- a light spar.
- that part of a mast between the uppermost standing rigging and the truck.
Idioms about pole
- Nautical. (of a sailing ship) with no sails set, as during a violent storm.
- stripped; naked; destitute: The thugs robbed him and left him under bare poles.
Origin of pole1
OTHER WORDS FROM polepoleless, adjectiveun·poled, adjective
Other definitions for pole (2 of 4)
- either end of an ideal axis in a nucleus, cell, or ovum, about which parts are more or less symmetrically arranged.
- either end of a spindle-shaped figure formed in a cell during mitosis.
- the place at which a cell extension or process begins, as a nerve cell axon or a flagellum.
- a singular point at which a given function of a complex variable can be expanded in a Laurent series beginning with a specified finite, negative power of the variable.
- origin (def. 6b).
Origin of pole2
Other definitions for pole (3 of 4)
Other definitions for pole (4 of 4)
How to use pole in a sentence
Then point the pole spear at the target and release the shaft, causing it to shoot forward.
Jennifer Lopez did play a thieving, revenge-minded stripper who happened to be a pole dancer, but pole dancing is deep, deep, much deeper than anyone in Hollywood is likely to give it credit for.Know Your Flow: The Good Sh*t Guide to Pole Passions|Eugene Robinson|November 12, 2020|Ozy
Indeed, these days Pettit’s job involves finding other engineers like him, assembling the crack teams that place ice-penetrating radar and other equipment at both poles of the Earth.What You Can Learn from Living in Antarctica - Issue 92: Frontiers|Marissa Grunes|November 11, 2020|Nautilus
Most of those efforts focused on the large craters—some as massive as the Grand Canyon—near the lunar poles, which are known to be cold enough to maintain ice.New 3D moon models show it might hold up to 15,000 miles of frozen water|Kat Eschner|October 27, 2020|Popular-Science
Whether it’s true that long-term pole use hurts your balance remains untested.Scientists Weigh in on the Great Trekking Pole Debate|Alex Hutchinson|October 23, 2020|Outside Online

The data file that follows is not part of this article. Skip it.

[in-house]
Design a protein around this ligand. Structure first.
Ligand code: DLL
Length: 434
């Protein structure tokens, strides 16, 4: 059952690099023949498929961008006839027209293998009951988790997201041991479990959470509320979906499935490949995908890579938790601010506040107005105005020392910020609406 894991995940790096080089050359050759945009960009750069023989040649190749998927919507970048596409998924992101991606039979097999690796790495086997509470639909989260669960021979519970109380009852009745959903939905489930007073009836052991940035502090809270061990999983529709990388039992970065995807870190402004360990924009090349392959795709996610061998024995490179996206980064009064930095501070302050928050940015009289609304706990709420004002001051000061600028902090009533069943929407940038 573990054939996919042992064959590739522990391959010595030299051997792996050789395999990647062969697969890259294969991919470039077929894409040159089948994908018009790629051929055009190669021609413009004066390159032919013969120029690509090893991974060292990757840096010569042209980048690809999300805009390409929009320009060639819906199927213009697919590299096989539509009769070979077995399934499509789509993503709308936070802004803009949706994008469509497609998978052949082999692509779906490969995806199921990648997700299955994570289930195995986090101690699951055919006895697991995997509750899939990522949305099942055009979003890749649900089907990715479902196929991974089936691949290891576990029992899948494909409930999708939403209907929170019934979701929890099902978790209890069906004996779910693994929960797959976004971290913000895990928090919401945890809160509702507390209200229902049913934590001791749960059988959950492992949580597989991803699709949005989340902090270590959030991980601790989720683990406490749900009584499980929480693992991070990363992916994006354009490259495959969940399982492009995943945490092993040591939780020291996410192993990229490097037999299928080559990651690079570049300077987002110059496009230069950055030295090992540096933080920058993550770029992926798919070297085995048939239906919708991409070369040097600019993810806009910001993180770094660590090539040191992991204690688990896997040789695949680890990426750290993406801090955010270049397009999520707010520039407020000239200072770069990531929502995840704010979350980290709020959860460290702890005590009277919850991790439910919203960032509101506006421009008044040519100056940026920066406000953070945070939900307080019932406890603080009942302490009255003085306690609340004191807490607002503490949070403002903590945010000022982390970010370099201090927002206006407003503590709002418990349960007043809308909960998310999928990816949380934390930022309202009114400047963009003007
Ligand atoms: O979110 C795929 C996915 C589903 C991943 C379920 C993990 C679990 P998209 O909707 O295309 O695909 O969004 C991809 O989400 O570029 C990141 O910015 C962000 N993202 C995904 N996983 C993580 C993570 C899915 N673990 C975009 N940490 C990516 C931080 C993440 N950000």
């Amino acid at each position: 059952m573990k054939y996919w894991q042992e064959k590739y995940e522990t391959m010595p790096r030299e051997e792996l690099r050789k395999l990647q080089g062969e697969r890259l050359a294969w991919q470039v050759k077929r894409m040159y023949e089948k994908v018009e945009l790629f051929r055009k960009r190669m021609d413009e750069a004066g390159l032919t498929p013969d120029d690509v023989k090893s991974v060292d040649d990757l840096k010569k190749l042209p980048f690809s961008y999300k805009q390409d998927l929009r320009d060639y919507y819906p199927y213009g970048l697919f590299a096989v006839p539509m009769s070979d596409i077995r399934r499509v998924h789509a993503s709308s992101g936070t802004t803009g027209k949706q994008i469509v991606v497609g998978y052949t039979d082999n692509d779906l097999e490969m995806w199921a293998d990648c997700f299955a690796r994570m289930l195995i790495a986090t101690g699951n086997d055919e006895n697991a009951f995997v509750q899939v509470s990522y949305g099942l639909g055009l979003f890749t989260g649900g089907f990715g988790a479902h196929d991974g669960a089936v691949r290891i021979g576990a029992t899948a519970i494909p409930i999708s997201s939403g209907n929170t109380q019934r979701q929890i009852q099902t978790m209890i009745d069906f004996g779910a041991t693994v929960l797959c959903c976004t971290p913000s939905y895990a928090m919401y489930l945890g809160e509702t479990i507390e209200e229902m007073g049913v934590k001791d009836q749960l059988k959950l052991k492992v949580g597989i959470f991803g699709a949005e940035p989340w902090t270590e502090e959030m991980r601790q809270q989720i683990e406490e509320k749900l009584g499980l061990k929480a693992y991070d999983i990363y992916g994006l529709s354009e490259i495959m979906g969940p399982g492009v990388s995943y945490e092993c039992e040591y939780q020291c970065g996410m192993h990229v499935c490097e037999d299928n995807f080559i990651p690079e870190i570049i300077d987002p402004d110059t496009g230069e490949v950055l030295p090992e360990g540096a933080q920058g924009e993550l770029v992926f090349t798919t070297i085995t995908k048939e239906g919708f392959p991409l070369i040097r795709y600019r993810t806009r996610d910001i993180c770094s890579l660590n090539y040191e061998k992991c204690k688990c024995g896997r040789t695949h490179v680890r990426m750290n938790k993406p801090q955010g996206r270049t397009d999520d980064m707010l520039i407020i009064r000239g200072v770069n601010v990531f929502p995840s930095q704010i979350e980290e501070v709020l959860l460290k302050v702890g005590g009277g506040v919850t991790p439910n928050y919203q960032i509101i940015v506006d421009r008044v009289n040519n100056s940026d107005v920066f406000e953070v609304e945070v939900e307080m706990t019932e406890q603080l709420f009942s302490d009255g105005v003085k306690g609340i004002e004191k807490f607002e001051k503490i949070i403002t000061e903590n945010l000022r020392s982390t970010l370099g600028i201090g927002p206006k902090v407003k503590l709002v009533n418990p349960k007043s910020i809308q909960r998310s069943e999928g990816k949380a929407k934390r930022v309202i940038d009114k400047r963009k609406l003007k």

Poling lives in the same house he grew up in which, though still unassuming from the street, is much bigger now.
Suddenly, the medical bills that once plagued Poling were no longer an issue.
In 1994, Bill Poling was 36, unemployed and suffering from rheumatoid arthritis.
What if, Poling asks, Jackson never reached the age of accountability?
Now, for the first time, had they to take to oars and poling, the poles serving best in such shallow water.The Vee-Boers|Mayne Reid
They would then have clear poling ahead of them next day, to get them home to the Settlement in time for supper.The Backwoodsmen|Charles G. D. Roberts
After some time the water became too deep for poling, and the mate and the crew took to their oars.Voyages and Travels of Count Funnibos and Baron Stilkin|William H. G. Kingston
Slow progress was made by poling along the bank out of the swiftest part of the current.Travels in Alaska|John Muir
He was standing up in a flat-bottomed boat, poling down stream towards them, with the vigor and skill of a young Indian.Mary Ware in Texas|Annie F. Johnston
British Dictionary definitions for pole (1 of 4)
- the inside lane of a racecourse
- (as modifier)the pole position
- one of a number of markers placed at intervals of one sixteenth of a mile along the side of a racecourse
- any light spar
- the part of a mast between the head and the attachment of the uppermost shrouds
- slightly mad
- mistaken; on the wrong track
- to set out (an area of land or garden) with poles
- to support (a crop, such as hops or beans) on poles
Word Origin for pole
British Dictionary definitions for pole (2 of 4)
- either of the two regions at the extremities of a magnet to which the lines of force converge or from which they diverge
- either of two points or regions in a piece of material, system, etc, at which there are opposite electric charges, as at the two terminals of a battery
- either end of the axis of a cell, spore, ovum, or similar body
- either end of the spindle formed during the metaphase of mitosis and meiosis
Word Origin for pole
British Dictionary definitions for pole (3 of 4)
British Dictionary definitions for pole (4 of 4)
Scientific definitions for pole
- Either of the points at which an axis that passes through the center of a sphere intersects the surface of the sphere.
- The fixed point used as a reference in a system of polar coordinates. It corresponds to the origin in the Cartesian coordinate system.
- Geography Either of the points at which the Earth's axis of rotation intersects the Earth's surface; the North Pole or South Pole.
- Either of the two similar points on another planet.
- Either of the two points at the extremities of the axis of an organ or body.
- Either end of the spindle formed in a cell during mitosis.
Other Idioms and Phrases with pole
see low man on the totem pole; not touch with a ten-foot pole.